The mouth of the January River sang more than just the first beats of samba and the smooth rhythm of bossa nova. Rio de Janeiro, Brazil’s balmy balneário by the edge of Guanabara Bay, boasts a rich and regal repertoire of cultural heritage and untethered beauty. Encountered by the Portuguese on New Year’s Day in 1502, the city served as the imperial capital of Portugal during the time of Napoleon. It was the only instance in history that a European nation was ruled from one of its colonies.
Yet, there’s neither a trace of pomposity nor of royalty’s rigidness. Rio de Janeiro is as casual as can be. From street corners, the soul-stirring aromas of coconut milk and shrimp call out to empty stomachs. Equally as tempting are the Cariocas themselves, the unabashed residents of Rio who saunter up and down the beachfronts wearing nothing more than Havaianas and a strategically placed strip of polyester. There’s a flirtatiousness even in the way they speak: chewing, guzzling, and gushing their syllables like waves of honey. Every detail is an invitation to be ensnared by the allure of the Southern Hemisphere’s tropical Babylon. Continue reading “Carioca Dreamscapes: Reveries from Rio de Janeiro”
Long before it became an obstacle to get from A to Å, the fjord was the motorway which connected remote hamlets with the world outside. In wooden rowboats armed with oar and sail, the Viking settlers of Sunnmæri traversed its widths and lengths. Sunnmøre, as the region is known today, is site to some of Earth’s most spectacular sceneries, all of which can be seen on a journey along the fjord. Continue reading “Sunnmøre: A Journey Along the Fjord”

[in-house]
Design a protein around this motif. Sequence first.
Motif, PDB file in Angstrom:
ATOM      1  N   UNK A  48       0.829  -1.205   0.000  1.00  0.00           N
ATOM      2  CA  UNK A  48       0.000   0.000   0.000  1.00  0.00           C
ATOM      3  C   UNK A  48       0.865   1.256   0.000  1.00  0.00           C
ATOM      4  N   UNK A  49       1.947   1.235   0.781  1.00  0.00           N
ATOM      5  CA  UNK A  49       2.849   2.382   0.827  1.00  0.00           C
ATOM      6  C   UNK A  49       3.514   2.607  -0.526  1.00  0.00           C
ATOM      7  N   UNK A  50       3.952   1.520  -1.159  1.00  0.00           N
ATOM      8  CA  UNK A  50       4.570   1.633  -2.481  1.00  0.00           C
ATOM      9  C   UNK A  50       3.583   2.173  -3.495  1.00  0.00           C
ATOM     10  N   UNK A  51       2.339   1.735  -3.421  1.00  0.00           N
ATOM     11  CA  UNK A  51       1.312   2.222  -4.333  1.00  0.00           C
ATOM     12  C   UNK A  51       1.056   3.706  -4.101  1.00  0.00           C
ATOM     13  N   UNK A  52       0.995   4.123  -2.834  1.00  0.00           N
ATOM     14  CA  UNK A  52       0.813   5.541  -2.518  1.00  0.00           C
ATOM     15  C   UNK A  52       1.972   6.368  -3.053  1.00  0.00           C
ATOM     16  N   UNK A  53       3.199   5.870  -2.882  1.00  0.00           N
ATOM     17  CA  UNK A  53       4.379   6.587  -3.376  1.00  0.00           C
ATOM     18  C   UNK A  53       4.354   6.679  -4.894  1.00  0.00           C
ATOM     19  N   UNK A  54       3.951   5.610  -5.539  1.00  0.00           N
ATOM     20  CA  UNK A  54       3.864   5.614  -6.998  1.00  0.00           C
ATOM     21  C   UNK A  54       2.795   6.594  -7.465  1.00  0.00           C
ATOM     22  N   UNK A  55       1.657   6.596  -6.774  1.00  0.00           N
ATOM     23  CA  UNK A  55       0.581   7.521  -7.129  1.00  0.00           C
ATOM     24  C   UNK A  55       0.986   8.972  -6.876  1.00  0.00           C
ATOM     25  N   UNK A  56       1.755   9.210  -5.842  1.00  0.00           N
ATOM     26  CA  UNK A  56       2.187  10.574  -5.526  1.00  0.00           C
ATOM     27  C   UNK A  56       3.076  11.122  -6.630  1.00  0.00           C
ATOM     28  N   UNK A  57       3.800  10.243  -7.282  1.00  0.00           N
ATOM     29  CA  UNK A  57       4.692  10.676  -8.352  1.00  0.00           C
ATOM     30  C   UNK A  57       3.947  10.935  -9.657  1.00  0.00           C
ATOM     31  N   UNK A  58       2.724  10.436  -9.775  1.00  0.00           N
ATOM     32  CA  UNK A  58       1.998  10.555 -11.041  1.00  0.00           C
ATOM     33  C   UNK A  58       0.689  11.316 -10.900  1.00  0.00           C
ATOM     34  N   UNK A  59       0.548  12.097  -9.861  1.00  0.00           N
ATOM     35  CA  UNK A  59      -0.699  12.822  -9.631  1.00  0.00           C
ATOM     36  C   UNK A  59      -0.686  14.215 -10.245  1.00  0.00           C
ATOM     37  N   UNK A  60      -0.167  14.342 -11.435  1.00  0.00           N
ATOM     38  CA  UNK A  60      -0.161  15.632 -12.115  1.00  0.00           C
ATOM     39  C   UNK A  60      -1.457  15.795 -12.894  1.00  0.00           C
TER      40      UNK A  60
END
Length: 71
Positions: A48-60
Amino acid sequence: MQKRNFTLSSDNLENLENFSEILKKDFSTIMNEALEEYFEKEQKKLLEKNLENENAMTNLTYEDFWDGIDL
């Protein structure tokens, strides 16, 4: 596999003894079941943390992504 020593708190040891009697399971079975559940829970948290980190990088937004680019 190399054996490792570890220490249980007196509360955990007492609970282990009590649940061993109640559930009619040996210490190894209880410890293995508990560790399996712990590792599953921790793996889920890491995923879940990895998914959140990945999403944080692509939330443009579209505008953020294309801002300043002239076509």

A crown rests gently on its soft cushion of crowberry bristles. Amid the early morning air tinged with the tang of sun-dried kelp and cracked crab, the urchin’s chassis is an echo of a once underwater aria. In the eons since the Vega Islands were lifted from the ocean, soft shales and hard granite have moulded this Norwegian archipelago into a kingdom whose curling hillsides, sharp peaks, white sands, and capricious coasts have enchanted, protected, and, on occasion, terrified humankind. Continue reading “Vega: Norway’s Island Kingdom”
Ask any Latvian what the most charming town in the small Baltic country is, and chances are you’ll hear the name Sigulda. Situated in the Gauja River Valley at the entrance of Latvia’s largest and oldest national park, Sigulda is a place steeped in mythos and natural beauty. More so than the historically Hanseatic Riga and the preened seaside of Jūrmala, Sigulda elucidates Latvia’s close connection to nature. Continue reading “Gauja River Valley and the Rose of Turaida”
Thirty minutes outside of Riga is Latvia’s favorite seaside resort, where miles of silica sand finer than powdered sugar sooth the soles and the sultry fragrance of bristly pines boosts the spirits. It’s a place where families, friends, and lovebirds flock to embrace a slower pace of life. This is Jūrmala. Continue reading “Jūrmala: Latvia’s Seaside Riviera”
On the flat, sandy plains where the Daugava River rushes into the gulf lies Riga, largest of the Baltic cities. At first sight, the Latvian capital looks worn around the edges and none too cheerful, but gently peel back the frosty layers of chrome and steel and an inner vibrance will reveal itself. Continue reading “Exploring Riga’s Past and Present”
Drive an hour to the southeast of Zurich and you’ll arrive at the foothills of the Alps, where the flat plains of the Swiss Central Plateau starts to pinch into pleats. This transition zone, the Voralpen, is home to some of Switzerland’s most beautiful terrain. What it lacks in staggering altitude, it makes up for with charm: limestone peaks with trailing capes and lakes mirroring the summer’s hues will captivate the heart of anyone lucky enough to lay eyes upon them. Continue reading “The Obersee Valley”